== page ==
In both the Diabetes Atherosclerosis Intervention Study (DAIS) (18) and the Action to Control Cardiovascular Risk in Diabetes (ACCORD) trial (19), as well as in the FIELD Study, fenofibrate was associated with a reduction in albuminuria despite similar elevations in serum creatinine to those seen in the FIELD Study (7). In a recent U.S. Food and Drug Administration hearing, the ACCORD trial reported that after fenofibrate withdrawal eGFR returned to placebo-matched levels, with some patients having an overall improvement in renal function (20). The ACCORD trial (19) and other studies (2123) also show that fenofibrate is not associated with excess kidney-related adverse events and is, overall, safe to use even in combination with statins. However, none of these previous study reports have investigated if there is any relationship between outcomes and the drug-induced creatinine rise or examined the safety and efficacy of fenofibrate use in renal impairment. To our knowledge, this article is the first to do so, looking at both cardiovascular and renal outcomes. It provides added reassurance, demonstrating that the drug is not only safe but also just as efficacious in patients with moderate renal impairment compared with those with normal function.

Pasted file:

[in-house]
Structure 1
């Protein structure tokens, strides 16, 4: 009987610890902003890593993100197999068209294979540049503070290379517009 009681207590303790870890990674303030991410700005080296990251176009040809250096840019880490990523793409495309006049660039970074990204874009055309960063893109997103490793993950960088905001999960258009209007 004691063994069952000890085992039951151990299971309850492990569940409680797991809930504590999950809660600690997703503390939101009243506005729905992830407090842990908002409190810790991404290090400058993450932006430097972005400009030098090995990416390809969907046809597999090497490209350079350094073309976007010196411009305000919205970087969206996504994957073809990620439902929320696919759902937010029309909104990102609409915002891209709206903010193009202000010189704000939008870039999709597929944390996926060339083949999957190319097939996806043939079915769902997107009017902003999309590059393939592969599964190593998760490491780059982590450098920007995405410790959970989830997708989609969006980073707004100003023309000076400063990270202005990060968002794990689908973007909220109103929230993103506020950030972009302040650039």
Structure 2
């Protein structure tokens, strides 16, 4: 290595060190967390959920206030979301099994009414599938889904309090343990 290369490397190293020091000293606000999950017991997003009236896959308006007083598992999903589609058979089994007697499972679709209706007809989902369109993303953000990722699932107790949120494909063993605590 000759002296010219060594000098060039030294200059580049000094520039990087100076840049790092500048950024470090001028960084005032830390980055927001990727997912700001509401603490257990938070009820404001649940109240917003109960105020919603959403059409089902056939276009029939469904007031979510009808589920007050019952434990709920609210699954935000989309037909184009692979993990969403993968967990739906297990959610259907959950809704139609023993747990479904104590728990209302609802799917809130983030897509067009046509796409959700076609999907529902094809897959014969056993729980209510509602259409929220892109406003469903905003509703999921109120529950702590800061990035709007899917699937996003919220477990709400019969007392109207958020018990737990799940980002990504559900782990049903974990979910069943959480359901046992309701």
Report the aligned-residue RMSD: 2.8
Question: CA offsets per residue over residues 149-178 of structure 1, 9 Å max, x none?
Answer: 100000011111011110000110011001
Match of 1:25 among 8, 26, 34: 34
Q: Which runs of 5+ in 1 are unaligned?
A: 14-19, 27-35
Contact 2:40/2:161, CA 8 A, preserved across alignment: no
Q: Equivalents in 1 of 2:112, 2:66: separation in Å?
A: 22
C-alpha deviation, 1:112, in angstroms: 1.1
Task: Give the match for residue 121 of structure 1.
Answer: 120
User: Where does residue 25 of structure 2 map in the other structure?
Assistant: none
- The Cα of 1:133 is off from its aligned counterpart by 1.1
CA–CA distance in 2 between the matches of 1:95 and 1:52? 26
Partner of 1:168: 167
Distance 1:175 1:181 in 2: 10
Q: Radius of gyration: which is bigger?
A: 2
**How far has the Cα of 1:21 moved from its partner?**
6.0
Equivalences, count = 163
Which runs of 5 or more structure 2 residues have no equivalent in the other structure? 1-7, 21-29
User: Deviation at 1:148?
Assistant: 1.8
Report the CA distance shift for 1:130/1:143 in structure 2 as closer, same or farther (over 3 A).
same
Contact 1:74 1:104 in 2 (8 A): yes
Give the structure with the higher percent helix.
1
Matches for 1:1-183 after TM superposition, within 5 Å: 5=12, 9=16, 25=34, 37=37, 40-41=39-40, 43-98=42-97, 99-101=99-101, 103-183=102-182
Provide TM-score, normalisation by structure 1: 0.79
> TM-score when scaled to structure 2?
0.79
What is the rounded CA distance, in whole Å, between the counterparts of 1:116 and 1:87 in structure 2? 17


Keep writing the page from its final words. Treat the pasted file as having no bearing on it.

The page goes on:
Clinical implications

Diabetes is a significant risk factor for CVD events and mortality, requiring intensive treatment of conventional CVD risk factors. Unfortunately, the implementation of established preventive treatment recommendations remains incomplete (24), and even with intensive multifactorial risk reduction, the CVD complication rate in type 2 diabetic patients remains unacceptably high (25). The FIELD Study confirms that type 2 diabetic patients with reduced eGFR (<90 mL/min/1.73 m2) are at exceptionally high risk of CVD (>5% per year). This underscores the need for better implementation of proven treatments, especially in those with coexistent renal impairment.